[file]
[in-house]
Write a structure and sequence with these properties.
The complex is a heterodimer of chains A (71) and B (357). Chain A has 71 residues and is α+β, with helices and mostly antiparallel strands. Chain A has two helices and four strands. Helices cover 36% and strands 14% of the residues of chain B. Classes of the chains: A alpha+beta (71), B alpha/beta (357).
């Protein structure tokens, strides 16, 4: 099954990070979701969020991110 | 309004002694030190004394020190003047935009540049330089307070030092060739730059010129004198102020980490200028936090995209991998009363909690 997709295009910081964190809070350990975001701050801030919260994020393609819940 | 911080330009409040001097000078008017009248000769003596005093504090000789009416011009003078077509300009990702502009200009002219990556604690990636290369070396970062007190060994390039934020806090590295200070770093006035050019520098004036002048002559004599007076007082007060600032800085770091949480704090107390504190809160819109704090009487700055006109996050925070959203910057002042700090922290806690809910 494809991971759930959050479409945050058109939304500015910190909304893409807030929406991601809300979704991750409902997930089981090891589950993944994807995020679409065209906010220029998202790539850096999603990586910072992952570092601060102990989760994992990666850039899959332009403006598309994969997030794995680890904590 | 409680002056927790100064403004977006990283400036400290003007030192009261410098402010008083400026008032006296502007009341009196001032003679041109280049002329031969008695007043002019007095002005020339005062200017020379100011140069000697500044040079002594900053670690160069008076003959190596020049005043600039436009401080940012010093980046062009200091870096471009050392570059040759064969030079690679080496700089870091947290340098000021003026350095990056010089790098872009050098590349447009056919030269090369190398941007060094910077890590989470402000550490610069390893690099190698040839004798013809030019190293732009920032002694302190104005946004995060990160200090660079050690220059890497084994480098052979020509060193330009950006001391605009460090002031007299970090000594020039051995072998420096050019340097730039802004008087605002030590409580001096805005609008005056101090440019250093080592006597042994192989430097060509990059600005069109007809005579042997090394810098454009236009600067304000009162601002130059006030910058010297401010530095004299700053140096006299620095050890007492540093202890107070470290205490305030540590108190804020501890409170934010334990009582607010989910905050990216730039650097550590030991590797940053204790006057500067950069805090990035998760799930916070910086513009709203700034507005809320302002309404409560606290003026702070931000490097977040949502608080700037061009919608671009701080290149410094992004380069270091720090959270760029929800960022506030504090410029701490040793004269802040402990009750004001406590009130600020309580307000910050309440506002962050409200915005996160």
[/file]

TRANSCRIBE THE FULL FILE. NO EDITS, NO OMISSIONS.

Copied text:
[in-house]
Write a structure and sequence with these properties.
The complex is a heterodimer of chains A (71) and B (357). Chain A has 71 residues and is α+β, with helices and mostly antiparallel strands. Chain A has two helices and four strands. Helices cover 36% and strands 14% of the residues of chain B. Classes of the chains: A alpha+beta (71), B alpha/beta (357).
């Protein structure tokens, strides 16, 4: 099954990070979701969020991110 | 309004002694030190004394020190003047935009540049330089307070030092060739730059010129004198102020980490200028936090995209991998009363909690 997709295009910081964190809070350990975001701050801030919260994020393609819940 | 911080330009409040001097000078008017009248000769003596005093504090000789009416011009003078077509300009990702502009200009002219990556604690990636290369070396970062007190060994390039934020806090590295200070770093006035050019520098004036002048002559004599007076007082007060600032800085770091949480704090107390504190809160819109704090009487700055006109996050925070959203910057002042700090922290806690809910 494809991971759930959050479409945050058109939304500015910190909304893409807030929406991601809300979704991750409902997930089981090891589950993944994807995020679409065209906010220029998202790539850096999603990586910072992952570092601060102990989760994992990666850039899959332009403006598309994969997030794995680890904590 | 409680002056927790100064403004977006990283400036400290003007030192009261410098402010008083400026008032006296502007009341009196001032003679041109280049002329031969008695007043002019007095002005020339005062200017020379100011140069000697500044040079002594900053670690160069008076003959190596020049005043600039436009401080940012010093980046062009200091870096471009050392570059040759064969030079690679080496700089870091947290340098000021003026350095990056010089790098872009050098590349447009056919030269090369190398941007060094910077890590989470402000550490610069390893690099190698040839004798013809030019190293732009920032002694302190104005946004995060990160200090660079050690220059890497084994480098052979020509060193330009950006001391605009460090002031007299970090000594020039051995072998420096050019340097730039802004008087605002030590409580001096805005609008005056101090440019250093080592006597042994192989430097060509990059600005069109007809005579042997090394810098454009236009600067304000009162601002130059006030910058010297401010530095004299700053140096006299620095050890007492540093202890107070470290205490305030540590108190804020501890409170934010334990009582607010989910905050990216730039650097550590030991590797940053204790006057500067950069805090990035998760799930916070910086513009709203700034507005809320302002309404409560606290003026702070931000490097977040949502608080700037061009919608671009701080290149410094992004380069270091720090959270760029929800960022506030504090410029701490040793004269802040402990009750004001406590009130600020309580307000910050309440506002962050409200915005996160």